I always think that I'm glad I fly in modern times and don't have to be the first to do anything in an airplane (ie. the first to loop a particular plane)! I love to fly, however I'm a bit of a chicken and really enjoy all of the 'tried, tested' parts of aviation!! Hats off to those pioneers who made flying comfortable for people like me!

Athul said...

First and foremost , i had always thought that wright brothers were inventors like and made the plane , hearing the name of "Glen Curtiss " for the first time and iam bit surprised that he was the rival for the designs of wright brothers . I think he too indirecly helped the aviation with good competition .

nice piece of history wish if someone had taught history this way i would have scored more ..

Blog-Capt. Anup Murthy said...

Well, Quodlibet, the nearest I came to doing something similar but NOT QUITE, was during my glider pilot training days in the very early 1980's on old, wood and fabric open cockpit gliders that were winch launched. Did 800 launches in them! I have done loops in those. Nothing however compares to those magnificient men (and women) and their flying machines (apologies to the movie of the same name). It's because of what they did and their innovations that made aviation so safe for us.

Athul, there were many sung and un-sung heroes in aviation. However, the Wright Brothers do get the credit for the first powered flight. Subsequently they had plenty of competition and thats what made it so great, kept everyone on their toes and made them innovate.

Balakrishnan said...

Great article on the Curtiss aircraft captain..quite interesting info. I love barnstorming with the Curtiss Jenny in flight simulator 2004 :))

Blog-Capt. Anup Murthy said...

Curtiss Jenny JN4? Nice to know you fly the sim, must be fun. I'm a big fan of vintage aircraft and aviation history as you know and I thought I'd give a link to a website that has more info on the Curtiss Jenny and generally other Curtiss models.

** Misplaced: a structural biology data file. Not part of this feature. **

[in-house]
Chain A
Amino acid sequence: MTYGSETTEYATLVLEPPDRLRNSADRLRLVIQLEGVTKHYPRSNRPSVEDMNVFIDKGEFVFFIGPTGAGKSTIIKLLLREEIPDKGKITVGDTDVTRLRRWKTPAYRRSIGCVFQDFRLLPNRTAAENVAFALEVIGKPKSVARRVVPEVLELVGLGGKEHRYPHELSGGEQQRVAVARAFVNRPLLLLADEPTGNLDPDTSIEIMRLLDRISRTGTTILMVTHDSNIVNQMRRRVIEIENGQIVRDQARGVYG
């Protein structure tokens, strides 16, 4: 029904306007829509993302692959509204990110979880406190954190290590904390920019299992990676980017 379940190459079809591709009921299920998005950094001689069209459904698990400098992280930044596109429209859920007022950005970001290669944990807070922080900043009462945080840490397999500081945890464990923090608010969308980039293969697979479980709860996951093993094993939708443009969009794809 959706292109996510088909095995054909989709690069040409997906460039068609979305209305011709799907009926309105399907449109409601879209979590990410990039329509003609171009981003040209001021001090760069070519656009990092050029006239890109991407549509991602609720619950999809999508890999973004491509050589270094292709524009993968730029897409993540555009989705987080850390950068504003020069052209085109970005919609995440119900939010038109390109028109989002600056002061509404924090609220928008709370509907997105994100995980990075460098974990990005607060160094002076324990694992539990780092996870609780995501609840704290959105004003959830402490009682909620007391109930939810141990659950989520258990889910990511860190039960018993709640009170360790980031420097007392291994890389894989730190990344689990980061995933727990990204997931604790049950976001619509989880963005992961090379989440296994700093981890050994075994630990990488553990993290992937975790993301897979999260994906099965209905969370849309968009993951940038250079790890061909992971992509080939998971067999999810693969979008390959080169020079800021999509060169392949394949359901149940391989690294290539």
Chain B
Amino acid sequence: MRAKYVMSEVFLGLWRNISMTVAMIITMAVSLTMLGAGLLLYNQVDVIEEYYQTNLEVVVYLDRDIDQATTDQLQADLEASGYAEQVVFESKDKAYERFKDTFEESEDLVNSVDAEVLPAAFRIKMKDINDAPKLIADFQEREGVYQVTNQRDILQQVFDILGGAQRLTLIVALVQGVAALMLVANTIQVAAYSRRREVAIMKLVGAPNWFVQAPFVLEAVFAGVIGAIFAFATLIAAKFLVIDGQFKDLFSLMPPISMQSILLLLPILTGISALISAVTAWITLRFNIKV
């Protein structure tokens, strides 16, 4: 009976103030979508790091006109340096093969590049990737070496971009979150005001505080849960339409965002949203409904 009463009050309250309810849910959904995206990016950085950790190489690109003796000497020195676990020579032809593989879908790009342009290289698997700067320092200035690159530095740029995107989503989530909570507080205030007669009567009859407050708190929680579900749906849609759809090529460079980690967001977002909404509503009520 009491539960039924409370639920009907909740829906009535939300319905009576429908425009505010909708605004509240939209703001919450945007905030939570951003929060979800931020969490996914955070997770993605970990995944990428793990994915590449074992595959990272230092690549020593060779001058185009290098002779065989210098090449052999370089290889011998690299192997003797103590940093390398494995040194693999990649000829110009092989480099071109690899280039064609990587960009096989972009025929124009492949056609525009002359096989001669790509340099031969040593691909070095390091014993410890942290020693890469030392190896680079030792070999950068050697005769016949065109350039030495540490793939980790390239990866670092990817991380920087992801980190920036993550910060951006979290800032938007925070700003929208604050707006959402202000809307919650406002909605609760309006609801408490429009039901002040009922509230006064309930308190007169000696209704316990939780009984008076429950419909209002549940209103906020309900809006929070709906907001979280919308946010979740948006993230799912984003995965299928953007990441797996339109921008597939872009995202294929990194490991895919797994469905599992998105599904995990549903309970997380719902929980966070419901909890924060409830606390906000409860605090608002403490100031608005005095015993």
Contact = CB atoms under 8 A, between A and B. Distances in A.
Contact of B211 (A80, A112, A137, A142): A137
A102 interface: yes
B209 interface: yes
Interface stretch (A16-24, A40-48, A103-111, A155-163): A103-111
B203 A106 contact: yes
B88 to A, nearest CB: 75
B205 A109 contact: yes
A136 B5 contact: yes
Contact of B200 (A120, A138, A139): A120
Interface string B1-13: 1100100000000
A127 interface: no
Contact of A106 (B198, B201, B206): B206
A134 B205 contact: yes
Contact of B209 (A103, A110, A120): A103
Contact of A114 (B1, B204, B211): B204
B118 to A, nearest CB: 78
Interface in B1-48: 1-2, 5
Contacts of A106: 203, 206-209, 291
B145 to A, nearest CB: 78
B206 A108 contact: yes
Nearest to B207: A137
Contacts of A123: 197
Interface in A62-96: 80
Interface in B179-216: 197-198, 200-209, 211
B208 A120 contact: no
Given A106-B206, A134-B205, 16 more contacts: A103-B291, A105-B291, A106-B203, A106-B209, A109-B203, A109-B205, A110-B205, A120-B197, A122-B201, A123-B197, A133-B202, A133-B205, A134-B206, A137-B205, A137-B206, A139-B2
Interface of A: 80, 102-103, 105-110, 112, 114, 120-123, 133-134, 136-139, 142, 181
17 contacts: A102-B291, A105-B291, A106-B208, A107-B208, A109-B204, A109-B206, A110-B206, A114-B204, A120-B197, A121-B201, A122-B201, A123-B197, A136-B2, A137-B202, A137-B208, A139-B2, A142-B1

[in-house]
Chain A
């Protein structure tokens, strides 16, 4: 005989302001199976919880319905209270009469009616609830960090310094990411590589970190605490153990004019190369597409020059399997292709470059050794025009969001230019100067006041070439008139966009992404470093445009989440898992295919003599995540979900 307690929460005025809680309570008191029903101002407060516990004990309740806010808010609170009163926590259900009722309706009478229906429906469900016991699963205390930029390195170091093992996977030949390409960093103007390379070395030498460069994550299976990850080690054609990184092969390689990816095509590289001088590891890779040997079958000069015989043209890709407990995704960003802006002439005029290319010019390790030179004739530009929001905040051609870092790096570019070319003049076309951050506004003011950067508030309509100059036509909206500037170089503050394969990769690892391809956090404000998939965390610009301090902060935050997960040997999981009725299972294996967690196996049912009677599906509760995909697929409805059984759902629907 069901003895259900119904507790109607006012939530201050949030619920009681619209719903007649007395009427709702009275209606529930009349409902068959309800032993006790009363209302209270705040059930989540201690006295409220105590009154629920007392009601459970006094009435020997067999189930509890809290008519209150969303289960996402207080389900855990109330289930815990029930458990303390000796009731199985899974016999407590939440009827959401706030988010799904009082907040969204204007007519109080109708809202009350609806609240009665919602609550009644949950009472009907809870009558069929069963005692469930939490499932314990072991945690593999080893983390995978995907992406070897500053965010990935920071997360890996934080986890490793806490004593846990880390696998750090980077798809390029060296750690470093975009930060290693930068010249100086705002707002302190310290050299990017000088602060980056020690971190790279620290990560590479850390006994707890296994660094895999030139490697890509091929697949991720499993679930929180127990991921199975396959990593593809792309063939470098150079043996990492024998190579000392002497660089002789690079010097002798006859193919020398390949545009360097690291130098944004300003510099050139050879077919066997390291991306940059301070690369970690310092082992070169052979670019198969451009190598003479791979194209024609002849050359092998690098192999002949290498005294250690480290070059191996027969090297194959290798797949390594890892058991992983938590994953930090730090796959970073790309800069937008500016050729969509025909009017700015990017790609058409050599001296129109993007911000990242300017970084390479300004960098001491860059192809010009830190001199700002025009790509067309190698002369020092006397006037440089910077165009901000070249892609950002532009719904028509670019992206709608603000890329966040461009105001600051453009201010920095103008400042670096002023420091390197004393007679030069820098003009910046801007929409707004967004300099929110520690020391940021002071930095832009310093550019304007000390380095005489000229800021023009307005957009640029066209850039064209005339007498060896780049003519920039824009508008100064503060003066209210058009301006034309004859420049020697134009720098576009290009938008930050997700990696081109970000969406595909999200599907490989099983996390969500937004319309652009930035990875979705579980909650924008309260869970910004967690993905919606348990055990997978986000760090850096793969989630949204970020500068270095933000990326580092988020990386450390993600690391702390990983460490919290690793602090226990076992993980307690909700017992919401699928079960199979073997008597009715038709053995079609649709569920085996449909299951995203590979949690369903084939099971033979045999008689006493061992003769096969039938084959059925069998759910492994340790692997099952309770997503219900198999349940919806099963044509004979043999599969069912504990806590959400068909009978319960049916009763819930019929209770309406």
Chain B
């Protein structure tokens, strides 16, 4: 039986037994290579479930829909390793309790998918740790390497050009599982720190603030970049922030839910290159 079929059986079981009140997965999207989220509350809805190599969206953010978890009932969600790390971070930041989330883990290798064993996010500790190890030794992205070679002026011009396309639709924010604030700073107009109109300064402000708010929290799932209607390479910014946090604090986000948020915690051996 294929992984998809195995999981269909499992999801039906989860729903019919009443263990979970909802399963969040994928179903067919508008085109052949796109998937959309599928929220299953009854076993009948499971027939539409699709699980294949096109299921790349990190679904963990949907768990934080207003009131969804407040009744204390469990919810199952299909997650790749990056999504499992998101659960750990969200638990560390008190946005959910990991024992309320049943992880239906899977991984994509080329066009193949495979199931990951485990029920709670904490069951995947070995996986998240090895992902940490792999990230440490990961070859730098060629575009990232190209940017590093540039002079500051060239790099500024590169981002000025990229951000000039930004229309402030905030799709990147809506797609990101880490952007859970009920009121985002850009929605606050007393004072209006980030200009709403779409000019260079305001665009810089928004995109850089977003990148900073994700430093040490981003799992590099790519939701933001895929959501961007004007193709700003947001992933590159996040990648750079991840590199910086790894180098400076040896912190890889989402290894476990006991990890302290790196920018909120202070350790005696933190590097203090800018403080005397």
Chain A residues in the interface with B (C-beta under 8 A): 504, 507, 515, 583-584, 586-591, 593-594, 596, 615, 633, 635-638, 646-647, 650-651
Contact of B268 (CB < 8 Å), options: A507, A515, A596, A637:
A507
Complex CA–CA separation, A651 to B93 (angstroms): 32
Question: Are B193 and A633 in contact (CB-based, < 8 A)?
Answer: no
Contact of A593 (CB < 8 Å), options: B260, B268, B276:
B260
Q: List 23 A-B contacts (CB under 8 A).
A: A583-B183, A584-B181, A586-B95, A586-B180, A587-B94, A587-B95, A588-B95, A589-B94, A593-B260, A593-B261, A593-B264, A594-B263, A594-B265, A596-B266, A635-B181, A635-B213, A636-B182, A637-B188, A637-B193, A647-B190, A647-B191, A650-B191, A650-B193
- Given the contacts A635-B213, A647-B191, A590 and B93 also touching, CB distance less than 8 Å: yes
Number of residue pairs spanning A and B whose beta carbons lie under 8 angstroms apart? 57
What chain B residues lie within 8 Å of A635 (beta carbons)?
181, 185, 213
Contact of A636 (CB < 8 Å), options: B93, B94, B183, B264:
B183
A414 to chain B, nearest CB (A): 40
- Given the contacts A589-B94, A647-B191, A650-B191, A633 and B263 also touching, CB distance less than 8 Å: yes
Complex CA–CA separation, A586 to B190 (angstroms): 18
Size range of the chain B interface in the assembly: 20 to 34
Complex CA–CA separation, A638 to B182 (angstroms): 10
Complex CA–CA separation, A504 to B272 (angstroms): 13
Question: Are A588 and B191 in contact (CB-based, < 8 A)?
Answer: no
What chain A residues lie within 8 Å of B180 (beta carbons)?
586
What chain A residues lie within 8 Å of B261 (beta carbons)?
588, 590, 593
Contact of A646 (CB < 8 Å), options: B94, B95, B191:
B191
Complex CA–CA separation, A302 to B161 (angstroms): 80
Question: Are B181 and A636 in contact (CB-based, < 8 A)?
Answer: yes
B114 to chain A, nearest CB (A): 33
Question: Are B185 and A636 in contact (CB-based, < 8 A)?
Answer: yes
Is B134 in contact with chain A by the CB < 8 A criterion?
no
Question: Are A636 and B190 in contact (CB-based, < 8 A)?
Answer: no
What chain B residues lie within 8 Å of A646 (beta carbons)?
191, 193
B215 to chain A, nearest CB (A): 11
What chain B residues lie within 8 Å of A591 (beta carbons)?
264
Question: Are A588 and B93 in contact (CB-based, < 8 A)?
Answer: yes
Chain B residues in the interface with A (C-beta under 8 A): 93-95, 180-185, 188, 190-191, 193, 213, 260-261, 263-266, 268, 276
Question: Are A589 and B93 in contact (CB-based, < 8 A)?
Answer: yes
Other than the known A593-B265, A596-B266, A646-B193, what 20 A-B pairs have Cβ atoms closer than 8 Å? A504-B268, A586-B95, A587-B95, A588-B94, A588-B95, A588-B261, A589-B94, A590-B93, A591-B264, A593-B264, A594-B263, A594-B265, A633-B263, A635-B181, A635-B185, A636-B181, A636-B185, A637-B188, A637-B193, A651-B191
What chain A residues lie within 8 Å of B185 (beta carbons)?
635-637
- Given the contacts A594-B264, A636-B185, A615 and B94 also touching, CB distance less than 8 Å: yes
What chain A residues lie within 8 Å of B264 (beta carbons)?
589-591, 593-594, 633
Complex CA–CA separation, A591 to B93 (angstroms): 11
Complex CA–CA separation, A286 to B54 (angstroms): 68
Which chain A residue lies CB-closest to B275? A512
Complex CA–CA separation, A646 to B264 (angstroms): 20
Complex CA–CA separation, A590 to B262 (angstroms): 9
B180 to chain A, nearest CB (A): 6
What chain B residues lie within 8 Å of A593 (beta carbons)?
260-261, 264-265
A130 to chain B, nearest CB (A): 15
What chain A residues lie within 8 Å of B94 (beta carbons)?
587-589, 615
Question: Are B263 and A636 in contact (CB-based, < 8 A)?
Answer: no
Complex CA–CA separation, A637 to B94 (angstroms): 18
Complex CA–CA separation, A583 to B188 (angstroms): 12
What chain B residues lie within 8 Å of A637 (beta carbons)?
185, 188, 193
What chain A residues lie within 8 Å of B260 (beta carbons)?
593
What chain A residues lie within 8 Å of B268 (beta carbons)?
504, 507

Debasish Sarkar said...

Great to see your prfile sir.I really appriciate that after your busy schedules, you could post all these informations. I liked Indian Tri color at the entrance of your Premier.Hats off to you!!

Anonymous said...

Yes i love what they did to the airport there in Alb.! so much nicer and the plane is terrific!

Terry Bowden said...

Nice Article.. I though I would pass along that my dad, John Bowden is the man who made the donation of this airplane to the city of Albuquerque. There is a story of how he tried for twenty years to buy the plane from descendants of the airplane's original owner, Jay Ingram in Decatur TX. He finally made the purchase in 1986 and we brought the airplane in its original crates to our airstrip home in Central Texas. It took about 60 days to fully assemble the plane. We actually ran the engine after all those years. I plan to add more on this to my weblog soon. See it at

Terry Bowden

Capt. Anup Murthy said...

Hi Terry, thanks for visiting my blog. This article was written in 2006 and when your comment came, I was surprised and now I feel wonderful that you have mentioned about your father's contribution to aviation and in particular, this airplane.

I will definitely look up your blog for postings on this and other articles that you have written. I will do a follow up and post this blog piece of mine so that new readers in 2009 can read about the same. My article would have escaped many of my readers who would not have gone and read everything in my archives. In the new post, I will post your comment as well so that my readers can check out your blog for updates on this story and anything else of interest. Thanks again for writing in. I appreciate it.